2. Lisa McCully was ‘creeped out’ by a neighbour in Portapique; then he killed her
Tim Bousquet had this report on the mass killer’s history of abuse and intimidation, including that of his former neighbour, Brenda Forbes, who moved to Portapique with her husband in 2004. Bousquet also wrote about what Leon Joudrey — another Portapique resident — told Mass Casualty Commissioners about the killer harassing Lisa McCully just days before the killing.
3. The RCMP didn’t tell the public about the mass murderer’s fake police car because they didn’t want to create a ‘frantic panic’
One of the biggest unanswered question remaining since the mass killings of April 2020 has been: Why did the RCMP wait so long to notify the public about the killer’s fake police car? Tim Bousquet reported on documents from the Mass Casualty Commission that looked at what happened that weekend, and why the delay in telling the public about the fake car.
4. Halifax committee recommends heritage registration for former United Memorial Church
Zane Woodford was at Halifax regional council’s advisory committee where, for the second time, it recommended in favour of heritage registration for the former United Memorial Church on Kaye Street in Halifax. The former church, which was built in 1921 following the Halifax Explosion, now has a new owner, who is in favour of heritage designation and has plans for a “creative adaptive reuse project” for the church.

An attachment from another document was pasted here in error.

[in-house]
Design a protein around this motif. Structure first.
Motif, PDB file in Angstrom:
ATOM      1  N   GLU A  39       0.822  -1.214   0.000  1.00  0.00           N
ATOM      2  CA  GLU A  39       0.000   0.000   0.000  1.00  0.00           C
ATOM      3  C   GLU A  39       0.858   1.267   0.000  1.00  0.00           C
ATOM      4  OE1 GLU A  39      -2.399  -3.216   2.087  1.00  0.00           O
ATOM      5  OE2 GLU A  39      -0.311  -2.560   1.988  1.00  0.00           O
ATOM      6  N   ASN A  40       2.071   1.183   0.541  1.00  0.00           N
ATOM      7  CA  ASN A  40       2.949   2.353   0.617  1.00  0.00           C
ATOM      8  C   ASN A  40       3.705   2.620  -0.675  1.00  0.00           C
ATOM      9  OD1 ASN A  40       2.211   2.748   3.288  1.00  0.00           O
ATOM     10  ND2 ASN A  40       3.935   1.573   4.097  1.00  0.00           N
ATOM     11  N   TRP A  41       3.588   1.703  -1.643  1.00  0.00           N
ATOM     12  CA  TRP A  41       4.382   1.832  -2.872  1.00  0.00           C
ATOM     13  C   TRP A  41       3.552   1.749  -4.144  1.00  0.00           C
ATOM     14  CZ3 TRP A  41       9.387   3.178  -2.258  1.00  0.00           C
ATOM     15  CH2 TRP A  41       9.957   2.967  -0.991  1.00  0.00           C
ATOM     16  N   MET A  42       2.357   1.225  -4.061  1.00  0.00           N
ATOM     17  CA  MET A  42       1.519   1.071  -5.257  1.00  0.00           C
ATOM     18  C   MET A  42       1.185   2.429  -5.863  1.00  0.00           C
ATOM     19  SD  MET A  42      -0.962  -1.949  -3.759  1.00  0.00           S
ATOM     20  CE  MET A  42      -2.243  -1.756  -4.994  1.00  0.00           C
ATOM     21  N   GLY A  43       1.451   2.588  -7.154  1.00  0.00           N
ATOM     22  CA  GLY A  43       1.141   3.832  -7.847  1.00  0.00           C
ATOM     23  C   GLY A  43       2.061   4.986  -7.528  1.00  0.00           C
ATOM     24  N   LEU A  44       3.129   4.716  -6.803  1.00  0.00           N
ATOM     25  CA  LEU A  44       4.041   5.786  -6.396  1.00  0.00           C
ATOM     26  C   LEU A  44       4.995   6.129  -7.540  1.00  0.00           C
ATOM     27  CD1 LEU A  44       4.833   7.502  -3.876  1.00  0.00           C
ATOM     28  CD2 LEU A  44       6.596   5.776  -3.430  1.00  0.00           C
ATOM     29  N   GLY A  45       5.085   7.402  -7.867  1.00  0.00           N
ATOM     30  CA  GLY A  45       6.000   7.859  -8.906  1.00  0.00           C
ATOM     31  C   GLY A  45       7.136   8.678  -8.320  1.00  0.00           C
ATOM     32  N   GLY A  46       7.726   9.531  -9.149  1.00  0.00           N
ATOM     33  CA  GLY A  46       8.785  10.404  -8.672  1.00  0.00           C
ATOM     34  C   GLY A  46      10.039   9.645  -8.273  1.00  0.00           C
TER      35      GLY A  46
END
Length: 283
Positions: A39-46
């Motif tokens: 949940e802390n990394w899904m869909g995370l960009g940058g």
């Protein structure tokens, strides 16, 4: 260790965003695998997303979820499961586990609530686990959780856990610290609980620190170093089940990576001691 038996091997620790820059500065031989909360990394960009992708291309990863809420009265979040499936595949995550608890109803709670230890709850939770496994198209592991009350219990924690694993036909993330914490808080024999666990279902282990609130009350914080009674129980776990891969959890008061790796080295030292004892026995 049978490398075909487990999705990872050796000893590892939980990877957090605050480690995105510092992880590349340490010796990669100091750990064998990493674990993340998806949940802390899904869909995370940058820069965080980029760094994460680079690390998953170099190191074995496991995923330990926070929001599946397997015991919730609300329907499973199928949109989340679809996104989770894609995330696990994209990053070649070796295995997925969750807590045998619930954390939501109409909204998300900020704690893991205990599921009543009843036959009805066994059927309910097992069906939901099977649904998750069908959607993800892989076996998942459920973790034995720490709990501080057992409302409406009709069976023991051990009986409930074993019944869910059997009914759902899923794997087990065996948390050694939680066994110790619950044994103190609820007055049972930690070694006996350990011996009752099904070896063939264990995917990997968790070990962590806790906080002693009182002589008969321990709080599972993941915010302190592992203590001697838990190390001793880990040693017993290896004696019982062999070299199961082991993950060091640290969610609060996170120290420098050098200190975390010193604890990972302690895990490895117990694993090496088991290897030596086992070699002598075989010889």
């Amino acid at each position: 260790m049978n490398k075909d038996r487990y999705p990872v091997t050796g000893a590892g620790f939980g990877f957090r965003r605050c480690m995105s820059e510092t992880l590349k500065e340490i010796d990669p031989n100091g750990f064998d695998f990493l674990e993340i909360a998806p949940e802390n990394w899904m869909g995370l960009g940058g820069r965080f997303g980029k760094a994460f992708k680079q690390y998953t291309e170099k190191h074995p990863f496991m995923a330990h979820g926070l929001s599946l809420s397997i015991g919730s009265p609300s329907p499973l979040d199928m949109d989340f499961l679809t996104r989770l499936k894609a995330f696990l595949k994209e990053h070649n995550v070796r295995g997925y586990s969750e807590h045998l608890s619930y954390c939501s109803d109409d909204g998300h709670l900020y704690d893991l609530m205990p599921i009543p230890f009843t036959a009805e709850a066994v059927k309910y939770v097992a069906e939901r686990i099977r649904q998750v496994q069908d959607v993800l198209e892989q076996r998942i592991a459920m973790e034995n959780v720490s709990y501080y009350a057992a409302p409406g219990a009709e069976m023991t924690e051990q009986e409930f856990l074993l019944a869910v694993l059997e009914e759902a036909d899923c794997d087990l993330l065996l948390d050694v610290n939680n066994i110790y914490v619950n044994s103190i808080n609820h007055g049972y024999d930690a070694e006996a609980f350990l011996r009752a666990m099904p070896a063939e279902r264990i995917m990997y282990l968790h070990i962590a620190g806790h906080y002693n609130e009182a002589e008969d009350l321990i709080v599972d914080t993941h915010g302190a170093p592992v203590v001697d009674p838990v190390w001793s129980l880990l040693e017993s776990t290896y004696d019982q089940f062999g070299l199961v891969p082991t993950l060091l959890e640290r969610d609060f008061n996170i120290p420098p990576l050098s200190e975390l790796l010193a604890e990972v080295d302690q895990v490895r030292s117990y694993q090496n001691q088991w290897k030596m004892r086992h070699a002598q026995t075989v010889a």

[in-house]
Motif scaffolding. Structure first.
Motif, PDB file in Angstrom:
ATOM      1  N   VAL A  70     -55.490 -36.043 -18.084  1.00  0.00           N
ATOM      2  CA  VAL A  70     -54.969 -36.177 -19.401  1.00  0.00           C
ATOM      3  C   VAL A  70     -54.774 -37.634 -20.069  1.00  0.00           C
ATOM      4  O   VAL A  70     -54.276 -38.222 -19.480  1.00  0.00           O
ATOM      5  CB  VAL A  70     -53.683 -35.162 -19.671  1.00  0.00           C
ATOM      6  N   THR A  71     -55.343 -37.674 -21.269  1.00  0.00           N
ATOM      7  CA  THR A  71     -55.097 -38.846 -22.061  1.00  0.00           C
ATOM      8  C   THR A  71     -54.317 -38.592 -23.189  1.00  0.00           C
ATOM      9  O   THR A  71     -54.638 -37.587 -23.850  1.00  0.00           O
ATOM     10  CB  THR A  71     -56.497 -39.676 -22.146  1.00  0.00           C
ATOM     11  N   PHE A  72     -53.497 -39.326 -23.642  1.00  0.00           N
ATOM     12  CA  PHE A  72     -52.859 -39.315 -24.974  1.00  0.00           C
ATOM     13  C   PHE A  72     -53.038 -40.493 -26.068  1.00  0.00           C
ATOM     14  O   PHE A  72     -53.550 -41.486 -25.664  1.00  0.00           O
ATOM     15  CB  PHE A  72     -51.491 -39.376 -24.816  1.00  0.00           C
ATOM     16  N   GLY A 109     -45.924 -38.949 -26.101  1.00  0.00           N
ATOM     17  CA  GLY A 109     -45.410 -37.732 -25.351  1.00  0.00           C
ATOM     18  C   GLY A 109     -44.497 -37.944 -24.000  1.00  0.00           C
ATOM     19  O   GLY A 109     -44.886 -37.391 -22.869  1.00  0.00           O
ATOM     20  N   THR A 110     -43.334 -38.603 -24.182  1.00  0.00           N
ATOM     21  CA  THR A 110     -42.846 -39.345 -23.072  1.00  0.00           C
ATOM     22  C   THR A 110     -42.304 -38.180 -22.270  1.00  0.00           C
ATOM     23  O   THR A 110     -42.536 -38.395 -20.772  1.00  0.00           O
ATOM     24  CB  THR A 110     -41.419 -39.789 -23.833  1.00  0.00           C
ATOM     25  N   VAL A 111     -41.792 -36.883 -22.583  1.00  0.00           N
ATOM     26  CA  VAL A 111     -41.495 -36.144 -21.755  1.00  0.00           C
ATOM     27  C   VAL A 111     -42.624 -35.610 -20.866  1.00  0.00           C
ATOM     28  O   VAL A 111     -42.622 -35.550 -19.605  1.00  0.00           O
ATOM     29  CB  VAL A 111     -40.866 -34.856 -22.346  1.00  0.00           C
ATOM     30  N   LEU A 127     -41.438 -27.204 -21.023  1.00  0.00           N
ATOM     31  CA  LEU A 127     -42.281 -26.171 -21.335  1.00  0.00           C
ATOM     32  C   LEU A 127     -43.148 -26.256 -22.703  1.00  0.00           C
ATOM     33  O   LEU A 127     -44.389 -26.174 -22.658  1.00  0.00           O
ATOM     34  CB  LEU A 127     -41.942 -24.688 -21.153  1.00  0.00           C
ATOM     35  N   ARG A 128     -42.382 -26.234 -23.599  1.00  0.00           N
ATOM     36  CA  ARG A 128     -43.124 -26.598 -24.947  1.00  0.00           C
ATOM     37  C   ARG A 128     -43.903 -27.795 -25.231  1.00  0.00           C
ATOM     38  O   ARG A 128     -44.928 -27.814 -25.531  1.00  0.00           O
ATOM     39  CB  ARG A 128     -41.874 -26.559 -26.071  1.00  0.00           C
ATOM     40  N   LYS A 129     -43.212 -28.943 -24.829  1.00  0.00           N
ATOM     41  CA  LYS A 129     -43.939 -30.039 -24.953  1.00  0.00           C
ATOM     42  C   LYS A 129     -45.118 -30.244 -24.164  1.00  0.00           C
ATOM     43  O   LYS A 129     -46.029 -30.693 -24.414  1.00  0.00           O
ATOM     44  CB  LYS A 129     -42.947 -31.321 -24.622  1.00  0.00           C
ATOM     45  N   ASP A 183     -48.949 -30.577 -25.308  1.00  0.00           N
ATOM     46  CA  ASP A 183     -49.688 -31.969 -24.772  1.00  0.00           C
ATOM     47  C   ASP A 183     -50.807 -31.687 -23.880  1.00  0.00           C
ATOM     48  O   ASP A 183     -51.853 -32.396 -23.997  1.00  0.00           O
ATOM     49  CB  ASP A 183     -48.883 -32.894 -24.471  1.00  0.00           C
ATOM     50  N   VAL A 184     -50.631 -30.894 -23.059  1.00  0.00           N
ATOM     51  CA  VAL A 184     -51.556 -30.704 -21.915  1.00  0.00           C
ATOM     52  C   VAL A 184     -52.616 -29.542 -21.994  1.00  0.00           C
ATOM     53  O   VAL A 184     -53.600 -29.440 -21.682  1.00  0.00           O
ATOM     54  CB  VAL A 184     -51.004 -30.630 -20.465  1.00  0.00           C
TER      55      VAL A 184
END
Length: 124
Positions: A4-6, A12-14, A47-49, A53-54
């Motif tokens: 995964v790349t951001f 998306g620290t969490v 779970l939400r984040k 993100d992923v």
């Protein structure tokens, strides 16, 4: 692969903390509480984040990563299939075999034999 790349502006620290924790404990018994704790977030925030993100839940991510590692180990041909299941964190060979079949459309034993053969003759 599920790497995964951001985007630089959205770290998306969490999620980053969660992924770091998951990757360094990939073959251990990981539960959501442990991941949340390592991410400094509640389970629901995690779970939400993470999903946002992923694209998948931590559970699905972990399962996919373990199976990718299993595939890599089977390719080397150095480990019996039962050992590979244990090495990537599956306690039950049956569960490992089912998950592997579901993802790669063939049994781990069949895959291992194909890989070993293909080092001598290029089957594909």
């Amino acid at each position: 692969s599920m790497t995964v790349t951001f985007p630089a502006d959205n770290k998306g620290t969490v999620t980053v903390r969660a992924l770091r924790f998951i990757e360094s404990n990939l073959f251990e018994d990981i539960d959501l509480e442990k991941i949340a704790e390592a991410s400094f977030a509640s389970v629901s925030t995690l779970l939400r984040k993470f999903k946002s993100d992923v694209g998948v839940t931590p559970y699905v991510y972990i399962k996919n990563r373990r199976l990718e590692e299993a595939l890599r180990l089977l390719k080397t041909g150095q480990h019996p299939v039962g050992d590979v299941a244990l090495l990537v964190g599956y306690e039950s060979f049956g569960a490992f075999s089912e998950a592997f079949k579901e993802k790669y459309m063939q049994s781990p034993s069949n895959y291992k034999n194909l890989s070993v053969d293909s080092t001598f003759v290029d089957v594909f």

Thursday, April 28
1. The Tideline, Episode 77: Elizabeth Murphy
This year is Shakespeare by the Sea’s 28th season, and its surviving founder, Elizabeth Murphy, is retiring. She joins Tara Thorne on The Tideline this week to chat about the company’s history, challenges, its legacy in the theatre community, and her next act. Plus, a new song from Rich Aucoin.
1. Morning File: Share, not scare: how technology has changed what information we tell others
Suzanne Rent recently had a conversation with her daughter, who just discovered the phone book and was creeped out that it included people’s phone numbers and addresses. Rent wrote about how social media has induced us to share even more information, making it even creepier than the phone book. Plus, she ran a selfie through photo editing app, FaceApp. Are the results fooling anyone? You decide.